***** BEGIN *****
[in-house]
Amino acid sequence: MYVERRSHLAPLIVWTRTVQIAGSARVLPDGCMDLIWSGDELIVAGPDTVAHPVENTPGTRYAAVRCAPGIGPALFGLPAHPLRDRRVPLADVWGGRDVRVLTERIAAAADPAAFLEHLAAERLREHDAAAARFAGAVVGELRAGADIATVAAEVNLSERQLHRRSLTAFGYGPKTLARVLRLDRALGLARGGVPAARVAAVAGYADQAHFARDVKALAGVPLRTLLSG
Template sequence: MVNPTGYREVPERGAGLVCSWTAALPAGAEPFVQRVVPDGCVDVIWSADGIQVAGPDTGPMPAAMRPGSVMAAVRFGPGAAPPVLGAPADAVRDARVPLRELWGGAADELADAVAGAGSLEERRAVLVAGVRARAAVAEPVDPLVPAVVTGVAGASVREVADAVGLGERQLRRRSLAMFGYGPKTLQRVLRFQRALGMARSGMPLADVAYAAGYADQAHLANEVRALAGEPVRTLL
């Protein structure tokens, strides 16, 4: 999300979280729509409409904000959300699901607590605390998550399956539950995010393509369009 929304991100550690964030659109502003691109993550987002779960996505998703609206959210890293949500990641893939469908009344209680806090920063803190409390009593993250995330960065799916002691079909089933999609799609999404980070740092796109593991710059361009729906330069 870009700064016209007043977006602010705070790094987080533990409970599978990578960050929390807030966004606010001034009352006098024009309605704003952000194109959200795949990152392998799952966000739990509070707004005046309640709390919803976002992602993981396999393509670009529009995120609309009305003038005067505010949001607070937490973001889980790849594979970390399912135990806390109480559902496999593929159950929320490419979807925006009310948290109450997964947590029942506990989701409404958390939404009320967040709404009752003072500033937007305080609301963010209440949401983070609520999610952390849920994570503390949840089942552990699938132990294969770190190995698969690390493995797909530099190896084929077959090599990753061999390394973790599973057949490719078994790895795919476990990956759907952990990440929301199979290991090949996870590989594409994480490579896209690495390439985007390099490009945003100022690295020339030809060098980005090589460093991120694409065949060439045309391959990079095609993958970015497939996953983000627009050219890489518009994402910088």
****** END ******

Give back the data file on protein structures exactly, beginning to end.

[in-house]
Amino acid sequence: MYVERRSHLAPLIVWTRTVQIAGSARVLPDGCMDLIWSGDELIVAGPDTVAHPVENTPGTRYAAVRCAPGIGPALFGLPAHPLRDRRVPLADVWGGRDVRVLTERIAAAADPAAFLEHLAAERLREHDAAAARFAGAVVGELRAGADIATVAAEVNLSERQLHRRSLTAFGYGPKTLARVLRLDRALGLARGGVPAARVAAVAGYADQAHFARDVKALAGVPLRTLLSG
Template sequence: MVNPTGYREVPERGAGLVCSWTAALPAGAEPFVQRVVPDGCVDVIWSADGIQVAGPDTGPMPAAMRPGSVMAAVRFGPGAAPPVLGAPADAVRDARVPLRELWGGAADELADAVAGAGSLEERRAVLVAGVRARAAVAEPVDPLVPAVVTGVAGASVREVADAVGLGERQLRRRSLAMFGYGPKTLQRVLRFQRALGMARSGMPLADVAYAAGYADQAHLANEVRALAGEPVRTLL
């Protein structure tokens, strides 16, 4: 999300979280729509409409904000959300699901607590605390998550399956539950995010393509369009 929304991100550690964030659109502003691109993550987002779960996505998703609206959210890293949500990641893939469908009344209680806090920063803190409390009593993250995330960065799916002691079909089933999609799609999404980070740092796109593991710059361009729906330069 870009700064016209007043977006602010705070790094987080533990409970599978990578960050929390807030966004606010001034009352006098024009309605704003952000194109959200795949990152392998799952966000739990509070707004005046309640709390919803976002992602993981396999393509670009529009995120609309009305003038005067505010949001607070937490973001889980790849594979970390399912135990806390109480559902496999593929159950929320490419979807925006009310948290109450997964947590029942506990989701409404958390939404009320967040709404009752003072500033937007305080609301963010209440949401983070609520999610952390849920994570503390949840089942552990699938132990294969770190190995698969690390493995797909530099190896084929077959090599990753061999390394973790599973057949490719078994790895795919476990990956759907952990990440929301199979290991090949996870590989594409994480490579896209690495390439985007390099490009945003100022690295020339030809060098980005090589460093991120694409065949060439045309391959990079095609993958970015497939996953983000627009050219890489518009994402910088």